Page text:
In a former life, I used to be someone who burned bridges. As a writer, I was a HUGE fan of crafting lengthy and acerbic poison pen letters and did so for more than one past employer. Seeing words flow onto the page– knowing they would eventually be read by my unsuspecting boss - produced what my mother called “un-Christian satisfaction.” It was incredibly cathartic to express exactly what I thought about someone’s professional abilities, especially after whatever unfair conditions or treatment I’d been forced to deal with.
However, these letters rarely brought me the results I wanted in the short term and made for some difficult navigation in the future. Most letters were to owners or managers of restaurants – a world I left to become a massage therapist full-time. However, I got to experience the embarrassment of facing up to what I’d written later when I needed something from the recipients in the future. That was humbling. I also experienced guilt and remorse when I saw how what I wrote could negatively impact others – some of whom were not so forgiving.
Since then, with the assistance of some very good counseling, self-help books, and 12-step materials, I’ve learned that “speaking your truth” and “telling it exactly like it is” is not always the best solution to a problem. Sure, it can feel empowering and it certainly delivers some memorable information to whoever hears, reads, or receives it. But it is important to consider if the message you’re sending today is one you’ll look back on and be proud of? Is your statement something that will help you advance toward the goals you have for your life, relationship, or career?
In the case of my “Dear John” letters to former bosses, I can unequivocally tell you the answer was no. Sure, I was telling those owners truths and facts they probably needed to know about their efficacy in running a business, managing staff, or providing good customer service. However, I did so in such a way that I burned myself and others in the process.
Unfortunately, especially in the world of social media, I see this happening way too often. Just today, I read about someone I’ll call Tom, who got fired from a new job before he ever started work because of a social media post he made. I didn’t see the post which caused the problem, but the way Tom described it, it sounded like he tagged or mentioned the employer, and criticized and shared some kind of upcoming renovation or expansion plan they had.
Tom was shocked he was fired just like that for expressing his opinion about his new employer’s plans -and he was not alone. Tons of folks chimed in and told Tom he had gotten a bad deal, should hire an attorney, and joined in to badmouth the business, which by the way was still mentioned in another of Tom’s social media posts. In that same post, Tom also published his compensation details for the new job – a big no-no in most industries and workplaces. So while everyone else was denigrating the business, all I could think about was the bridge Tom set on fire before he even walked across it.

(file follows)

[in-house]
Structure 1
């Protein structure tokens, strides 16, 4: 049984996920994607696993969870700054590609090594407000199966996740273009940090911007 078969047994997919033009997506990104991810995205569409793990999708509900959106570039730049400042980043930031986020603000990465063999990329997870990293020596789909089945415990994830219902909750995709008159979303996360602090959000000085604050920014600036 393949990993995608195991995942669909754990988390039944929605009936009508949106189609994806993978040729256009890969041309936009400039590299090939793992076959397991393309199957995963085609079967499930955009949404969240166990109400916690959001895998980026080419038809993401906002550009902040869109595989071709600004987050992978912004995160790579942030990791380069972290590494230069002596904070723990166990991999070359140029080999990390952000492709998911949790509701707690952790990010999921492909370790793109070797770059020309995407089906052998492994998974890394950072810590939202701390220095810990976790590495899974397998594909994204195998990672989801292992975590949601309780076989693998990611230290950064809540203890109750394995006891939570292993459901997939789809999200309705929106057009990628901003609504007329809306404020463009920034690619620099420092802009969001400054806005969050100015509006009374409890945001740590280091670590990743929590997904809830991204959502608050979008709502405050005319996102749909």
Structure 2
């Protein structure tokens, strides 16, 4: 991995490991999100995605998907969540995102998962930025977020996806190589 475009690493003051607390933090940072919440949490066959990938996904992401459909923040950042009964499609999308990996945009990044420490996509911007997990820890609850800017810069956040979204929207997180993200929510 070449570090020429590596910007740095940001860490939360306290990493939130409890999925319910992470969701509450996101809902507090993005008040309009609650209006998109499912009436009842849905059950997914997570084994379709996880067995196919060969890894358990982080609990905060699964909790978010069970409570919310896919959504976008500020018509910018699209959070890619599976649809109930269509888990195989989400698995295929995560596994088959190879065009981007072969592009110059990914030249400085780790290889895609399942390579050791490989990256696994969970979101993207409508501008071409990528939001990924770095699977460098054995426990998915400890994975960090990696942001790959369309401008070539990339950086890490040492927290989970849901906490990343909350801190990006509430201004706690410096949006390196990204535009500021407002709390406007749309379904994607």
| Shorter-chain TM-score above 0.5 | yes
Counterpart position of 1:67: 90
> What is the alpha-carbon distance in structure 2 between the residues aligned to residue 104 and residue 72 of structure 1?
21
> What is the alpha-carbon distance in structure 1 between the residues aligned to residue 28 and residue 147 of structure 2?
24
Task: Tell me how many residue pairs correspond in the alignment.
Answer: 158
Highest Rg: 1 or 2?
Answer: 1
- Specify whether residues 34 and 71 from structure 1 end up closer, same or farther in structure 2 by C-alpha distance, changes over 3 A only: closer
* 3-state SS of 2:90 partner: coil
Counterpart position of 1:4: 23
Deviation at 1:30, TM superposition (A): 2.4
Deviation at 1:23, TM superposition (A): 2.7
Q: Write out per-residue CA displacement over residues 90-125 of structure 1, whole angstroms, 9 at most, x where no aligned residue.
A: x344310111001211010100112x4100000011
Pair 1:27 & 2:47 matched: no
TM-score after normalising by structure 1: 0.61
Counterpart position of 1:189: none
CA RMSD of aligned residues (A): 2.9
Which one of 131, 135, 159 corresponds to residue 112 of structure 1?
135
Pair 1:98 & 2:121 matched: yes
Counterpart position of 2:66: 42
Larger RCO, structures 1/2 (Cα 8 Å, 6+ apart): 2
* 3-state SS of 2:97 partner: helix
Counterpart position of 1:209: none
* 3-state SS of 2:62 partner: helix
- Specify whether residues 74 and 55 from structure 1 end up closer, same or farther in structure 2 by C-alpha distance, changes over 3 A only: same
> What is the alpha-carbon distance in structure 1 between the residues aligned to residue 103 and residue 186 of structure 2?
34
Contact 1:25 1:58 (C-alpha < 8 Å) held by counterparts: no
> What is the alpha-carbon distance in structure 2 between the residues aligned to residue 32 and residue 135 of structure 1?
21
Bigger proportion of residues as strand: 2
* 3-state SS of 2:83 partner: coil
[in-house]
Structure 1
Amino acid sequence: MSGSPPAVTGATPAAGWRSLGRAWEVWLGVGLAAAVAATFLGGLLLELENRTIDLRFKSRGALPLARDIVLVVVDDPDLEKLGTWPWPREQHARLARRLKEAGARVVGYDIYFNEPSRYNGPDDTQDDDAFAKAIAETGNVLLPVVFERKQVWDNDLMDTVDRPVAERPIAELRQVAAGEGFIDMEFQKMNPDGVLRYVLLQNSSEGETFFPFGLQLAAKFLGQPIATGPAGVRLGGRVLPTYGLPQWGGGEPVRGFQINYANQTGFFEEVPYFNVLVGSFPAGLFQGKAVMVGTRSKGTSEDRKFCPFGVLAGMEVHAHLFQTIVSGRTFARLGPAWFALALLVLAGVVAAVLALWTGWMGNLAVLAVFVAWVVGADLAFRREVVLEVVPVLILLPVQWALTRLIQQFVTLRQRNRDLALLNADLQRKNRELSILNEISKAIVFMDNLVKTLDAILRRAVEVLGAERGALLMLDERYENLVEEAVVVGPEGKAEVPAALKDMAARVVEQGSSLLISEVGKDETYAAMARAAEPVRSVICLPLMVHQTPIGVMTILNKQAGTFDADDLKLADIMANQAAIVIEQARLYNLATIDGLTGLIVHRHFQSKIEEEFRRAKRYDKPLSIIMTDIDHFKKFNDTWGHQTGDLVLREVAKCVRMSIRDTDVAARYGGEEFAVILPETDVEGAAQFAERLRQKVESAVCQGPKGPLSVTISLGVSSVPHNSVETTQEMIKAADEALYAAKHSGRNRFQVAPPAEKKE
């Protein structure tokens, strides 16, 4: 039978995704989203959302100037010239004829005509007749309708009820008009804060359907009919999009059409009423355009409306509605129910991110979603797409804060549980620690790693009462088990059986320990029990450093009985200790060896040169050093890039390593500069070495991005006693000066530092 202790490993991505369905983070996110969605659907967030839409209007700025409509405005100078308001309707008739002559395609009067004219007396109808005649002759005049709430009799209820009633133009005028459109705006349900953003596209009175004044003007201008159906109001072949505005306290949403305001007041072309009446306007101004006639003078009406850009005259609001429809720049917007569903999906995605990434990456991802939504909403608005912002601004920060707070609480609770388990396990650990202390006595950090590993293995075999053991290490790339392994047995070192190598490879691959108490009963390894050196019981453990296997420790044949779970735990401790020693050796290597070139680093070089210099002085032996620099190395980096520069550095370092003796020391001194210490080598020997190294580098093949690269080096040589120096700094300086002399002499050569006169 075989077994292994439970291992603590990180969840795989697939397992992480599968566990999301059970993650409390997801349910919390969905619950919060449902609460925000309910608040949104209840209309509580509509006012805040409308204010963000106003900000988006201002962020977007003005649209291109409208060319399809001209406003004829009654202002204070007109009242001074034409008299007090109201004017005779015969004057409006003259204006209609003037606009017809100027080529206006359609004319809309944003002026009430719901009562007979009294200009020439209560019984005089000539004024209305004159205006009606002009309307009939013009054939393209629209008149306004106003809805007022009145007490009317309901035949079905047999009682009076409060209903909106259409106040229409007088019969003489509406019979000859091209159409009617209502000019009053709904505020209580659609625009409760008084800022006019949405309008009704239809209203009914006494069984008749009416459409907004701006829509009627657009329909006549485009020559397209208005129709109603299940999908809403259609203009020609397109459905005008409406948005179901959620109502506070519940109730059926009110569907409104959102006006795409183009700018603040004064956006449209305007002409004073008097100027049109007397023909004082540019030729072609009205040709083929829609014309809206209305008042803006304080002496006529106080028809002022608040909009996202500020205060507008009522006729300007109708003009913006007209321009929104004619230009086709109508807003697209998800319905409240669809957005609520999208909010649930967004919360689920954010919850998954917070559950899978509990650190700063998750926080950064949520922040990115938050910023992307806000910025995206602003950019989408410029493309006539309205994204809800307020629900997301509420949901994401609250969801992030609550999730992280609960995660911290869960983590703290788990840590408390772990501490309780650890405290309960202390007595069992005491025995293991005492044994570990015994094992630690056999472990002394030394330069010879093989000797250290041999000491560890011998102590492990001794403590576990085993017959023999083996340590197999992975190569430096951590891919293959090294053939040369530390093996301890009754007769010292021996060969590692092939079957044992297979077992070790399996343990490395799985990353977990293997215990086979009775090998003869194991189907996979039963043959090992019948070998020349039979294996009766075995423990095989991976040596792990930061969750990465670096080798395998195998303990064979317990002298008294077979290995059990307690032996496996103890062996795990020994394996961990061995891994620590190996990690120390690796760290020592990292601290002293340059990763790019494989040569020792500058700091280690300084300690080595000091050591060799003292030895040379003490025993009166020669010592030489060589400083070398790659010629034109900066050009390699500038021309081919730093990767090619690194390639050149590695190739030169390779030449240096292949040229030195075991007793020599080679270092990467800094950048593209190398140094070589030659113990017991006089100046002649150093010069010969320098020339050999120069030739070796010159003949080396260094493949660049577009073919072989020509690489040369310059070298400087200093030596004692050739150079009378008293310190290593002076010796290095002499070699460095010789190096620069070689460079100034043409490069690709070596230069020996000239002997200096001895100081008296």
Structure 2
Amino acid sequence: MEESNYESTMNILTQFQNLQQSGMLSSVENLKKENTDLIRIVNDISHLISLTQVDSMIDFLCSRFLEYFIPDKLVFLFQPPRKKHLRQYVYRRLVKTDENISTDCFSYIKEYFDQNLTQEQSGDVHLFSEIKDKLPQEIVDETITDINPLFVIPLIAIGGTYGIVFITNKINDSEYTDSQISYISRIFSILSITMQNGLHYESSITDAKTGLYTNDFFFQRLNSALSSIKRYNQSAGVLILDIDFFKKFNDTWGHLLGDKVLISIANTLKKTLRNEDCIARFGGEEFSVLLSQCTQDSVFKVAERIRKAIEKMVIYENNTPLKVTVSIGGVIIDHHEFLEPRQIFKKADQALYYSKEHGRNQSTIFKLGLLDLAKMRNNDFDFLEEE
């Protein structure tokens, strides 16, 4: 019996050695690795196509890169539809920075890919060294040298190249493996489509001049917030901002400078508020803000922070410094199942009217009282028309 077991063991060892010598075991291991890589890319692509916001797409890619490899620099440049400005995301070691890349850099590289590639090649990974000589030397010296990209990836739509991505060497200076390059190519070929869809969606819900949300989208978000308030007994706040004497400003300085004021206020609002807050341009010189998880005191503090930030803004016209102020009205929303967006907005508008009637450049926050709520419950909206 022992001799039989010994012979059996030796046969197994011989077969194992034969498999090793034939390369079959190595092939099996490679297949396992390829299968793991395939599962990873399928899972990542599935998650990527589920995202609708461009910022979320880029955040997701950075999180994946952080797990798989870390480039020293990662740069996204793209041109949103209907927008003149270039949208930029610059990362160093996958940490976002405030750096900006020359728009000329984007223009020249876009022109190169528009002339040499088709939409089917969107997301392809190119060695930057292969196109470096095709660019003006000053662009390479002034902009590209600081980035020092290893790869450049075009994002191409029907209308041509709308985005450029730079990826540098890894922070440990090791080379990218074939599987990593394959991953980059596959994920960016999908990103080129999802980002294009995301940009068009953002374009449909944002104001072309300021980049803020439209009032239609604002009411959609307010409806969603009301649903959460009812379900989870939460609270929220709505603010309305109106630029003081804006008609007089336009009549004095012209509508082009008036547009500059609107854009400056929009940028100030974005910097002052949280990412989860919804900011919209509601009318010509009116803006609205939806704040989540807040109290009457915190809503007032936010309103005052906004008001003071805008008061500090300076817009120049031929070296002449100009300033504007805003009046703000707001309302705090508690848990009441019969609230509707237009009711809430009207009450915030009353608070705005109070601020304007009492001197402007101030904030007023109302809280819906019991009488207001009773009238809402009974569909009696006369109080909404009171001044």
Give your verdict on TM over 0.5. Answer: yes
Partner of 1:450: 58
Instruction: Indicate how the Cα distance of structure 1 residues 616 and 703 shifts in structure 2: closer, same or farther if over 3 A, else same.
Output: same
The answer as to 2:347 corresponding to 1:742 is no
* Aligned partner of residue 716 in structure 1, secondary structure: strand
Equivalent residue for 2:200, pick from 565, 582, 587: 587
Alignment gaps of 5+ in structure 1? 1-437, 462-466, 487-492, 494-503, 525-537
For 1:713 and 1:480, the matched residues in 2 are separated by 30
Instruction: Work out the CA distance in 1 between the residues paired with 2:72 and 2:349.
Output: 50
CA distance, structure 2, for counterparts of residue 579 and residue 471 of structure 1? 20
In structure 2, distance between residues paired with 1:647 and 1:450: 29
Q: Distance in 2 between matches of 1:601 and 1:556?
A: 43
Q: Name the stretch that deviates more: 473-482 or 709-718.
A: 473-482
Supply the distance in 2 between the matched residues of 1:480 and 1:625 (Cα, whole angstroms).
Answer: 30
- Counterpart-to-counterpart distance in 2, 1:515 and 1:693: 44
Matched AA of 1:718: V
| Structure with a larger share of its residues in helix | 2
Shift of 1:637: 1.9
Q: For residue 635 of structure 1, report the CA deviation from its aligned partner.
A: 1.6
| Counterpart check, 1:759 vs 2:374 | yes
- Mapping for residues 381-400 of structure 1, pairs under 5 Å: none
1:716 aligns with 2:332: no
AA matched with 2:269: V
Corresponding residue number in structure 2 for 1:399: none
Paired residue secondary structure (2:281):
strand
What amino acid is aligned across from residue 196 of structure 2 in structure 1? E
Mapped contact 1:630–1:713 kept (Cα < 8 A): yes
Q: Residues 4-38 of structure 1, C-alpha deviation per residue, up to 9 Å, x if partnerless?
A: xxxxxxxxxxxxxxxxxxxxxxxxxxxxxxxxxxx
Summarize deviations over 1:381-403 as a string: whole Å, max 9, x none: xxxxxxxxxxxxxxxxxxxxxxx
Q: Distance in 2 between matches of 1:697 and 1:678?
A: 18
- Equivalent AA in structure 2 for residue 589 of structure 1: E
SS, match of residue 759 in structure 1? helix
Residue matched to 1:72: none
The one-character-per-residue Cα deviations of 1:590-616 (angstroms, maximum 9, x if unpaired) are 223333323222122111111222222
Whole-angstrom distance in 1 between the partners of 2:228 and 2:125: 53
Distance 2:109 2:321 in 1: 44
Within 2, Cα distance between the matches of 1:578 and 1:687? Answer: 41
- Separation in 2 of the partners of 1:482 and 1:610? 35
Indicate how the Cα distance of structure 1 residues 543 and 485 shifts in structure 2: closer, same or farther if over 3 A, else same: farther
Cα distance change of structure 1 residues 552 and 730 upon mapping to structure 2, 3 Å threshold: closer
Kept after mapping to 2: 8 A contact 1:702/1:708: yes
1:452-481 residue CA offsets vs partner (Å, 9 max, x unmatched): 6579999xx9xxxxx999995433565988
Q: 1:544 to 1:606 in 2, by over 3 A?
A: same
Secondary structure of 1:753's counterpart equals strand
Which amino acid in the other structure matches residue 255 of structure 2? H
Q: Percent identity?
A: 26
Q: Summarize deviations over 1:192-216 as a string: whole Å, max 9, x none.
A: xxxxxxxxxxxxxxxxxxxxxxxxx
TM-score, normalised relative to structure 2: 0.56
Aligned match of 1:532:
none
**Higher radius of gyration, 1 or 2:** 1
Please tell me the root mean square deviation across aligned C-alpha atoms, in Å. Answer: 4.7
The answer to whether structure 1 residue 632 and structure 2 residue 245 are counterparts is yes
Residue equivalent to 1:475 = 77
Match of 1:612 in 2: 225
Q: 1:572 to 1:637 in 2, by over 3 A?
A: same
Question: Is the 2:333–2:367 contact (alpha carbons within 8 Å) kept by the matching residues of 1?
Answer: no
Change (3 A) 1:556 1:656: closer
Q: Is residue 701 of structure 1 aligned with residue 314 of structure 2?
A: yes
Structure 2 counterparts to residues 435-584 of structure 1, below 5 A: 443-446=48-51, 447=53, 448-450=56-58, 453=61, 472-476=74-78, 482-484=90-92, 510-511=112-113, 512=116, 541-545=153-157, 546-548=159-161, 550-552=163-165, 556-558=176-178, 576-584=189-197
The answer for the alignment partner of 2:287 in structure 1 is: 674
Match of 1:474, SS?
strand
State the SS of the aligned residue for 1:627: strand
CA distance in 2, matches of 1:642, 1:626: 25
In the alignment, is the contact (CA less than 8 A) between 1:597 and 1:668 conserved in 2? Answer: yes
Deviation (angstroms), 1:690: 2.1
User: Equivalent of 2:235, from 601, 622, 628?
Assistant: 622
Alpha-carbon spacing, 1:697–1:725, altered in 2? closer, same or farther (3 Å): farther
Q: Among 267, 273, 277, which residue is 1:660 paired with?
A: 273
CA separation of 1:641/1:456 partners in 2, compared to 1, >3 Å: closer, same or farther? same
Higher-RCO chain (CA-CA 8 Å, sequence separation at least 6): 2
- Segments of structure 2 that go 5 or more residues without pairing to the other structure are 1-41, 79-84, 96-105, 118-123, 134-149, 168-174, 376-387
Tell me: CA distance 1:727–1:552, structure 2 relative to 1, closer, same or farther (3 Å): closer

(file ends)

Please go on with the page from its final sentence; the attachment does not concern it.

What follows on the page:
Imagine you own a business you love and grew out of your blood, sweat, and tears. Times have been tough for the last couple of years but you’ve hung on, are expanding, and are excited to hire Tom as a new employee. He interviewed well, has experience, and seems eager to begin work. But then, before Tom even begins training, you discover he has badmouthed your hot new expansion plans, calling them – and you - stupid. On top of that, Tom has revealed to the world how much his new job pays – proprietary and confidential information – which could damage relationships with other staff members, competitors, and others.
How would YOU feel about or handle that?
If this is the way Tom acted before his first day – in the honeymoon phase of employment – you have to wonder what he’d say or do when he eventually becomes unhappy or disgruntled? Was it better for the business to douse these early sparks and cut their losses now? Or should they have waited to see what waiting behind the smoke when Tom was no longer putting his best foot forward? It’s an individual decision, but in this case, it seems clear someone saw the matches in Tom’s hand and decided to lock the door before everyone went up in flames.
Someone suggested Tom try to talk to the employer to “plead his case” or explain why he felt the way he did. If he really wanted the job, it might have been possible to put out the metaphorical fire with a sincere apology or to repair the damage with some other kind of amends. However, in some situations, everything burns in an instant, and there is nothing left to salvage, which is what happened here.
What Tom or any of us can do is stop the next blaze before it starts. We can consider the potential impact of our words before we pen and post a poorly considered statement or make comments and criticisms that scald and scar. Even when we disagree with someone else’s actions or words, we can aim to build a bridge of communication and understanding instead of building a pyre of insults or insensitivity. Or we can just wait until the impulse to do or say anything passes and continue on our way.
I don’t know Tom well enough to post my thoughts as a direct response to his situation, but perhaps he will read or listen and see himself in my words. Maybe my story will remind you of a time you “got everything off your chest” yet received a similarly unexpected response – and ponder how to replace what got incinerated. Or perhaps, I will inspire someone listening to take a few deep breaths and decide to become one who builds bridges instead of burning them.